The Films of the Eighties: A Social History
Southern Illinois University Press, 1993 - 335 pages
In this remarkable sequel to his Films of the Seventies: A Social History, William J. Palmer examines more than three hundred films as texts that represent, revise, parody, comment upon, and generate discussion about major events, issues, and social trends of the eighties.
Palmer defines the dialectic between film art and social history, taking as his theoretical model the "holograph of history" that originated from the New Historicist theories of Hayden White and Dominick LaCapra. Combining the interests and methodologies of social history and film criticism, Palmer contends that film is a socially conscious interpreter and commentator upon the issues of contemporary social history. In the eighties, such issues included the war in Vietnam, the preservation of the American farm, terrorism, nuclear holocaust, changes in Soviet-American relations, neoconservative feminism, and yuppies.
Among the films Palmer examines are Platoon, The Killing Fields, The River, Out of Africa, Little Drummer Girl, Kiss of the Spiderwoman, Silkwood, The Day After, Red Dawn, Moscow on the Hudson, Troop Beverly Hills, and Fatal Attraction. Utilizing the principles of New Historicism, Palmer demonstrates that film can analyze and critique history as well as present it.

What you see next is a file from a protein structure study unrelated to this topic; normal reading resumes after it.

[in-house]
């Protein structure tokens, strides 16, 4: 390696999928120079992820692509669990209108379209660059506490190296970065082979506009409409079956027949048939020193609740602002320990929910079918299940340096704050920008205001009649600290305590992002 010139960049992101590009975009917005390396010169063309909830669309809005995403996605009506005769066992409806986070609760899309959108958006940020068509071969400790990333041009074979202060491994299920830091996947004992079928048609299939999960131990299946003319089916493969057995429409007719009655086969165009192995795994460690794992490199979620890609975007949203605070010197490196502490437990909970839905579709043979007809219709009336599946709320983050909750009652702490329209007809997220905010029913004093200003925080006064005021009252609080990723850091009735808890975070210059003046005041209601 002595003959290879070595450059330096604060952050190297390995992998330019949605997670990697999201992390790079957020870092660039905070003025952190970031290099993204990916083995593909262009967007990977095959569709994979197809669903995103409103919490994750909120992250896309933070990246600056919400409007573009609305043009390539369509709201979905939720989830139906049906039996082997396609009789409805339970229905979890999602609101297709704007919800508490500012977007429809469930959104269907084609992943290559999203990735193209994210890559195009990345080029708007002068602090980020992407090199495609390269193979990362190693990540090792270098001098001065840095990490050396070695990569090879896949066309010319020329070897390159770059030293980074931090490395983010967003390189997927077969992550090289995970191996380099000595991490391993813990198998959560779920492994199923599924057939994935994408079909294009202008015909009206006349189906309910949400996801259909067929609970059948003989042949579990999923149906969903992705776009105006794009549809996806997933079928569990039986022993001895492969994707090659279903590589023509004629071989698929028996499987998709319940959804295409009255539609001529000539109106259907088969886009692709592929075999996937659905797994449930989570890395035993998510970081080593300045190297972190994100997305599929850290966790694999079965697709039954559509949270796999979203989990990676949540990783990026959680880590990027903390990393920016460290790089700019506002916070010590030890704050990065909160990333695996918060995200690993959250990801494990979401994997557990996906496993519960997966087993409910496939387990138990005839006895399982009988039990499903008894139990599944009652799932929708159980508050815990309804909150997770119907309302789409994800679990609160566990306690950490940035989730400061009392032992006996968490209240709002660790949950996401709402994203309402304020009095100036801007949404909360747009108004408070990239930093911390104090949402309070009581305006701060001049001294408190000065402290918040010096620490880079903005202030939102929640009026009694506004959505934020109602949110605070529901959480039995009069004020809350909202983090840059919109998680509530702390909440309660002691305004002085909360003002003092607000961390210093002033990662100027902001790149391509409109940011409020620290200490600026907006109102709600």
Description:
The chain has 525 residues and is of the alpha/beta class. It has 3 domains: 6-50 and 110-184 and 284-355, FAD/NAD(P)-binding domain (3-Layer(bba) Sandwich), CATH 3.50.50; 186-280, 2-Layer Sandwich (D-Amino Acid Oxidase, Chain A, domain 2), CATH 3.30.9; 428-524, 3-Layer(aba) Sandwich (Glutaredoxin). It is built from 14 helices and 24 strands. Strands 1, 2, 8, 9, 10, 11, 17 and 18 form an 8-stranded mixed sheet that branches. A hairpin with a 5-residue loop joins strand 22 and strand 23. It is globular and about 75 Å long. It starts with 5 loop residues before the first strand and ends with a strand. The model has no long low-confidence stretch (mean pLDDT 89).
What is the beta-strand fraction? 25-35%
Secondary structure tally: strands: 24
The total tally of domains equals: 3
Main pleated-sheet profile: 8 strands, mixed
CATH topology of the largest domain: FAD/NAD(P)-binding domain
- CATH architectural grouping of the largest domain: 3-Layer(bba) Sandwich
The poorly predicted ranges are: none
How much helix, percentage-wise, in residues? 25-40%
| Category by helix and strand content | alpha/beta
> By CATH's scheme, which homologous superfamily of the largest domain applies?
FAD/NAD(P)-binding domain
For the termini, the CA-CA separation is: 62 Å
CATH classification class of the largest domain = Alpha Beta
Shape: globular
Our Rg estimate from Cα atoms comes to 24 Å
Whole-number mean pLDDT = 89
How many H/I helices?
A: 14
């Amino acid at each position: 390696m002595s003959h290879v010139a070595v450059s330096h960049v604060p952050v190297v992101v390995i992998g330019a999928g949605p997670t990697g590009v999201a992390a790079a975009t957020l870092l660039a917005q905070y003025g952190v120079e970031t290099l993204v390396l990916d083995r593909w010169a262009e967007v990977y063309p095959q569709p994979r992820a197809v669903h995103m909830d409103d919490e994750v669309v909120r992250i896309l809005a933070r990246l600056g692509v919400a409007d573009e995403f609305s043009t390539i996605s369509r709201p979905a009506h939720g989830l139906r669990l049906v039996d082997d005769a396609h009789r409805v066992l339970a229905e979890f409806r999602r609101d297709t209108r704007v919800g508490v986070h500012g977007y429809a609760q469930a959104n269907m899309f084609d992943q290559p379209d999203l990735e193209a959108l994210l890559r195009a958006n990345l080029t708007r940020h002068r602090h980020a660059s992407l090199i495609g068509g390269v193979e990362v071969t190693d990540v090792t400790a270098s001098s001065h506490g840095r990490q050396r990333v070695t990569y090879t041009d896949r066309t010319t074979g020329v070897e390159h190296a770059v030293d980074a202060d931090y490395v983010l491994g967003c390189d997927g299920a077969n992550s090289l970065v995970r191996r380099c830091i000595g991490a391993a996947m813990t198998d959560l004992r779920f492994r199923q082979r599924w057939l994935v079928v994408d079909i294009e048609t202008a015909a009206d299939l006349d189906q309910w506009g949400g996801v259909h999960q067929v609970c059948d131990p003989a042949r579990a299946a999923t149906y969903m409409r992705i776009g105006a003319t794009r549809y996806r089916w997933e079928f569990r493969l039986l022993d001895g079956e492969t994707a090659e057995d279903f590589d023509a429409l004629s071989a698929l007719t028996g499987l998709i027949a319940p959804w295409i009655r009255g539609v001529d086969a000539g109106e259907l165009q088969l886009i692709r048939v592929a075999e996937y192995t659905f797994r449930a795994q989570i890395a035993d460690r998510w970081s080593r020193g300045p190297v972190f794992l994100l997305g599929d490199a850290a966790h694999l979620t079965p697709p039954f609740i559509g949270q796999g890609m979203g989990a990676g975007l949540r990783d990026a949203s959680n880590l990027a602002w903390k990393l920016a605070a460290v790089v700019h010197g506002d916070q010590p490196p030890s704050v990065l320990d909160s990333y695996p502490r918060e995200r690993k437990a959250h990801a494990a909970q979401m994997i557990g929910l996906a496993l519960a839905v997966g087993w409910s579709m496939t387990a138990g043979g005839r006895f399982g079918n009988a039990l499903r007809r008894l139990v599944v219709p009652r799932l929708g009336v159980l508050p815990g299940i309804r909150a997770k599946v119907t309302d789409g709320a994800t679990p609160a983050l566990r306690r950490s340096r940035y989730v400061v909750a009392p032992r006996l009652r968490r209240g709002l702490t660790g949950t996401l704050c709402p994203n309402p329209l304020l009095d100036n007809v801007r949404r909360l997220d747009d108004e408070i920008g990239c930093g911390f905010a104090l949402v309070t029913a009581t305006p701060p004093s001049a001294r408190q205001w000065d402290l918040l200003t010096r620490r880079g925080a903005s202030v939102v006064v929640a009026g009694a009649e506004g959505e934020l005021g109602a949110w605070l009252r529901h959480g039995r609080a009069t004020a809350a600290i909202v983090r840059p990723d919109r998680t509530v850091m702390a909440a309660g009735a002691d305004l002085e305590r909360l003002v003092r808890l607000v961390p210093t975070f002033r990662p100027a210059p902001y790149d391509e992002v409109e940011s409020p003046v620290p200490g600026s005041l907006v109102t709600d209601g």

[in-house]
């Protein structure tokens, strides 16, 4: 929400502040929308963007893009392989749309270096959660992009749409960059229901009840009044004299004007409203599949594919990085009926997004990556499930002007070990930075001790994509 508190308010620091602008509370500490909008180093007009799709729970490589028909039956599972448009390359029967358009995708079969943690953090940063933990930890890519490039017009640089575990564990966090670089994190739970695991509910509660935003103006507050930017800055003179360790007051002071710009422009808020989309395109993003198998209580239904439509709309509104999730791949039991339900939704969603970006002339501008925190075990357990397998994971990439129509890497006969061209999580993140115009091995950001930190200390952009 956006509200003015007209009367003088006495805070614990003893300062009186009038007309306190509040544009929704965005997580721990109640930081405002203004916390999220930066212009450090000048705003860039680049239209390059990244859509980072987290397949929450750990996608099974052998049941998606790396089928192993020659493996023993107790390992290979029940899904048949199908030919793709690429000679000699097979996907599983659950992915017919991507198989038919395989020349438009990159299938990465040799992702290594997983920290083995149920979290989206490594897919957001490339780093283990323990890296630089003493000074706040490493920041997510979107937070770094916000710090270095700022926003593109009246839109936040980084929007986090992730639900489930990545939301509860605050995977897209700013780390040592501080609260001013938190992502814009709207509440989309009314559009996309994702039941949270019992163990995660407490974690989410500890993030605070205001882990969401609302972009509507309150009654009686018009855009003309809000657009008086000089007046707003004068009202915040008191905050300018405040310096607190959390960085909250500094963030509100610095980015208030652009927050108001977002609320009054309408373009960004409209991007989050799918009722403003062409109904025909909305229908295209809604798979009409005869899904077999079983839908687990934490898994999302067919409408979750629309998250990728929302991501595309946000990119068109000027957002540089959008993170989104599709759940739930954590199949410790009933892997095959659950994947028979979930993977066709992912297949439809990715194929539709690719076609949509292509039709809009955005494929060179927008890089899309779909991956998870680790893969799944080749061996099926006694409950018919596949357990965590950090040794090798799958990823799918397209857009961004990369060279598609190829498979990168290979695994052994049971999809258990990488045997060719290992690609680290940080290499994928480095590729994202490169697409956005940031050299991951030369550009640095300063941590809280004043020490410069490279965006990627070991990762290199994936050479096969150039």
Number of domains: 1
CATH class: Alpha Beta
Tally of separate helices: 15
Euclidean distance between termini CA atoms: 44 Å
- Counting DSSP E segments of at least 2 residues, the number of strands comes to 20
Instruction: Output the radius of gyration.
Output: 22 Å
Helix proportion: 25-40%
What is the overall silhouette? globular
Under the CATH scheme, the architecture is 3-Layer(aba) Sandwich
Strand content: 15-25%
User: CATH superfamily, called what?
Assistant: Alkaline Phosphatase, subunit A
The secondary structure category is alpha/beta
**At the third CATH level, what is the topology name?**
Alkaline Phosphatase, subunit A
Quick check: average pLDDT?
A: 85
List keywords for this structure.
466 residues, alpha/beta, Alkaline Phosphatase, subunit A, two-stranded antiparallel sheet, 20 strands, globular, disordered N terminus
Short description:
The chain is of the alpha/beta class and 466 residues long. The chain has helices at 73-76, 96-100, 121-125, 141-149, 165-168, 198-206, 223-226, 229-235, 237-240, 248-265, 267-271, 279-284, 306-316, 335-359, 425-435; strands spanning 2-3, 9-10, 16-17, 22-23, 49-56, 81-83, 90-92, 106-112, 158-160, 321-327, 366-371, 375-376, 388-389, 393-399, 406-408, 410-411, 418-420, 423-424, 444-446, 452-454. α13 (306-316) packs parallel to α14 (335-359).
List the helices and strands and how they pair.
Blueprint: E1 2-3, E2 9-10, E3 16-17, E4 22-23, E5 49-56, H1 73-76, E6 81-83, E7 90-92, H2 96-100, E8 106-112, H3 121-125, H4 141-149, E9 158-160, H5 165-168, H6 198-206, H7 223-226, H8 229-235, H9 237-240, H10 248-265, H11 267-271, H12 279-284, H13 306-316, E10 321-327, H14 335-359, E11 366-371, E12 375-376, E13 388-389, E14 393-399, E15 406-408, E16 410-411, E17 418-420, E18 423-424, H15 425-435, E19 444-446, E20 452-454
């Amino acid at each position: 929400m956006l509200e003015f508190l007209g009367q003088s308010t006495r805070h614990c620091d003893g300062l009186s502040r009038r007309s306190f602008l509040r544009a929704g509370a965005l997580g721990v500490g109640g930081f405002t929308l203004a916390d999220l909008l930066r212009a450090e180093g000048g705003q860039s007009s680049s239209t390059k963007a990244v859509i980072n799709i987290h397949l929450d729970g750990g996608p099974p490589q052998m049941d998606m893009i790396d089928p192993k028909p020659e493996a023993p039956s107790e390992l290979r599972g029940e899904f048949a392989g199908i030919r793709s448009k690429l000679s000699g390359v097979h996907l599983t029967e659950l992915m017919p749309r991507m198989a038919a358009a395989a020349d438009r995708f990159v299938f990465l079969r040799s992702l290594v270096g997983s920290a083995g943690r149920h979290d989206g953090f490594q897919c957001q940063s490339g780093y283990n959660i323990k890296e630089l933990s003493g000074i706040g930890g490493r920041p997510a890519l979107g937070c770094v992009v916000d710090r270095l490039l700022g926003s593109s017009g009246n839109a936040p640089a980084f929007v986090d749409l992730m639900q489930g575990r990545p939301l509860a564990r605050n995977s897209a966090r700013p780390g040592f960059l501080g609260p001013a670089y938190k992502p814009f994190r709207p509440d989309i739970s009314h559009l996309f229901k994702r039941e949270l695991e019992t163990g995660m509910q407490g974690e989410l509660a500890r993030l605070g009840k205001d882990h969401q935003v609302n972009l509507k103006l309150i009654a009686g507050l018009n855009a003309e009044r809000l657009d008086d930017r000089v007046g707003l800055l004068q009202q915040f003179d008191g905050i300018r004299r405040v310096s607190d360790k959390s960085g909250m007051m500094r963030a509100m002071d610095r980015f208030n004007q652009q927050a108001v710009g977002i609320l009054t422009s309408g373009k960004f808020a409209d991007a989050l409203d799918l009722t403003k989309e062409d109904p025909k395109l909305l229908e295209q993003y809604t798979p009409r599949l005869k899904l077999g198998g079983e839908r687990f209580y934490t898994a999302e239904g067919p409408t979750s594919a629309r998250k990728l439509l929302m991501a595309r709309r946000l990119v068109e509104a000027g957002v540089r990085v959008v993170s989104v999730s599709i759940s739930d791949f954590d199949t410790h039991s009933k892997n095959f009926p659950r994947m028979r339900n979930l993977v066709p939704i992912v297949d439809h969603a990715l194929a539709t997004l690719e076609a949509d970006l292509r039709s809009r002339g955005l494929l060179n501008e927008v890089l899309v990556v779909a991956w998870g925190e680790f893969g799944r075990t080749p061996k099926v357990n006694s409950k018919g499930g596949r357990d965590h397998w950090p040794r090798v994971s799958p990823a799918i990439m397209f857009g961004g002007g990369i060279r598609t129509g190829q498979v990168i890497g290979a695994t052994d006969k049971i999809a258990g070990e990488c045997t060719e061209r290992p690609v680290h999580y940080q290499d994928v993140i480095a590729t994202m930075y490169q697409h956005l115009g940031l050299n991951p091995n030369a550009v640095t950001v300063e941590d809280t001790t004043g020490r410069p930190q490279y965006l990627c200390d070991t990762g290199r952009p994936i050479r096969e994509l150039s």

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Second , the " coming home ” issue involved the psychological problems of Post Traumatic Stress Disorder ( PTSD ) and the often attendant “ survivor guilt syndrome . ” Third , the racial issues of the acceptance of Vietnamese refugees ...
Rather , they are lobbying hard for the resolution of three major partisan issues : 1. Diplomatic resolution of the MIA / POW issue 2. The Agent Orange issue 3. The issue of the plight of Amerasian children a They are pursuing their ...
The Mad Max movies looked at the issue existentially and metaphorically . Tim O'Brien in The Nuclear Age questions the metaphoricality of nuclear war . His hero carries a sign that reads “ The Bombs Are Real ” and raves internally ...
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The Vietnam War as Film Text
The Coming Home Films
The Terrorism Film Texts
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